Do you resent your husband for getting to have a genetic connection to your child?

No, I don’t. And, this might be unusual, but I’m glad in some ways that I don’t have a genetic connection to the kid. I wouldn’t have been able to, anyway, so after I found that out, the idea didn’t really cross my mind anymore. But, beyond that, I have to say I’m less worried about the kiddo’s health, because he isn’t at substantial risk for my particular health problems. Also, I really really love my husband, and I feel like the baby being related to him, in some ways, makes me want to take extra special good care of the little guy!

How would you feel if your child wanted to meet the donor someday?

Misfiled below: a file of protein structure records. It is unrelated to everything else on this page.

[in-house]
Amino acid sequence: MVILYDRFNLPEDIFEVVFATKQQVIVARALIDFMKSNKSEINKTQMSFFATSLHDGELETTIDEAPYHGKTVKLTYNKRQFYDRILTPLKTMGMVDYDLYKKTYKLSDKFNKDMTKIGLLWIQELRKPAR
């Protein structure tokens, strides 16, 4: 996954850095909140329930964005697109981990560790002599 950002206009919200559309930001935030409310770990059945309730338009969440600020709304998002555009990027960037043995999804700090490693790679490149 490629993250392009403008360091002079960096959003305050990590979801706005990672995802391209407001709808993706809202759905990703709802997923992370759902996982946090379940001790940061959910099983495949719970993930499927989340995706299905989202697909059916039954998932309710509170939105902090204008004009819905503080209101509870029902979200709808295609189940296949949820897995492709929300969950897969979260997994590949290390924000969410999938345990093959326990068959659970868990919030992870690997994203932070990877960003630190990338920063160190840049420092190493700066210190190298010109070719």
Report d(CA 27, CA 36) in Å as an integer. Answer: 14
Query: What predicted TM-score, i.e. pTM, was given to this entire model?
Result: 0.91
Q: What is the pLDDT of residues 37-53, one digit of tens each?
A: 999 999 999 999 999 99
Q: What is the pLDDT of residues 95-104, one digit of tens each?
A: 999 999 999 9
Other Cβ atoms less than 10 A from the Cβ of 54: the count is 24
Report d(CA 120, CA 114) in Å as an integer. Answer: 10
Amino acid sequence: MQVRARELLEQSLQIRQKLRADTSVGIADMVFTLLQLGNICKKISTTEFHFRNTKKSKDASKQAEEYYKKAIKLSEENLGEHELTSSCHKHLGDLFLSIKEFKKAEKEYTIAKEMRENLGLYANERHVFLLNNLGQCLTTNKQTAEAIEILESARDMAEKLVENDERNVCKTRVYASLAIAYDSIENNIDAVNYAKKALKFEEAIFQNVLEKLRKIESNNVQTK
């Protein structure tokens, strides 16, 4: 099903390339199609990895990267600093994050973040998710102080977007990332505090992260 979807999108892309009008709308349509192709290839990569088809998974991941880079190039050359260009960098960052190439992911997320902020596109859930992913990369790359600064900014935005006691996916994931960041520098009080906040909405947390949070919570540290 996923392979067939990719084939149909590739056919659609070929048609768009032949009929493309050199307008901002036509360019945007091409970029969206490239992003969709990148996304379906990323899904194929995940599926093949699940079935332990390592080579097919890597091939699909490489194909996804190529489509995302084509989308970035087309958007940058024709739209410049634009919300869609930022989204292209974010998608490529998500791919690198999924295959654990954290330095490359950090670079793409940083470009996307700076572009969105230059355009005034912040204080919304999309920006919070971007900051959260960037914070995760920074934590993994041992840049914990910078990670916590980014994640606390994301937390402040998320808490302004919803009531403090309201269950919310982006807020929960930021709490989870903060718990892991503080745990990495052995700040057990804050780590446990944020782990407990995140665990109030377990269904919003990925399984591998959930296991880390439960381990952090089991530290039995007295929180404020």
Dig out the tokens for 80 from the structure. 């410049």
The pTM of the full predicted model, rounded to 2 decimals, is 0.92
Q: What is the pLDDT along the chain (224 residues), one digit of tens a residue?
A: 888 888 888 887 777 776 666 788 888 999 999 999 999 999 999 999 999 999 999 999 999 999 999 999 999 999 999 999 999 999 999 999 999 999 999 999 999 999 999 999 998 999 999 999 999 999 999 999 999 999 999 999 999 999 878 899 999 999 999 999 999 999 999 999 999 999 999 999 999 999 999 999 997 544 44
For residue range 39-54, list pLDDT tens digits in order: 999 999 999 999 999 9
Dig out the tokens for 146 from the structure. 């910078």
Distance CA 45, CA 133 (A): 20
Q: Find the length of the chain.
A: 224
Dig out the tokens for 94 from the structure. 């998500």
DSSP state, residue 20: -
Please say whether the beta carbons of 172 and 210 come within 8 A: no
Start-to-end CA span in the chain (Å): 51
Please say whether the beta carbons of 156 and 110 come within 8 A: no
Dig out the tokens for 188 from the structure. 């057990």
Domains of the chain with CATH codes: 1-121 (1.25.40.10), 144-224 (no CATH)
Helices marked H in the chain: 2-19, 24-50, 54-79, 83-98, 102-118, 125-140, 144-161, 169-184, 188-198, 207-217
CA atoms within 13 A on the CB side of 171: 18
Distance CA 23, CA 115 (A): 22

I would feel fine with the idea of it, and I’d understand his desire to do it. I would love to meet her, as well! However, I would not actively encourage him to try to find her, simply because, by accepting an anonymous donation, I see that as a tacit agreement that we wouldn’t actively seek her out. Whatever they were, she had her reasons that she chose to donate anonymously (though it’s also possible that was just because our particular clinic only accepts anonymous donors, and she personally had nothing against meeting a kid resulting from her donation). I will say, though, I also wouldn’t be very active in trying to stop him if I found out he were looking. He didn’t agree to any of this, I’d understand his motivation, and it’s not like I could stop a kid who’s internet-savvy, anyway.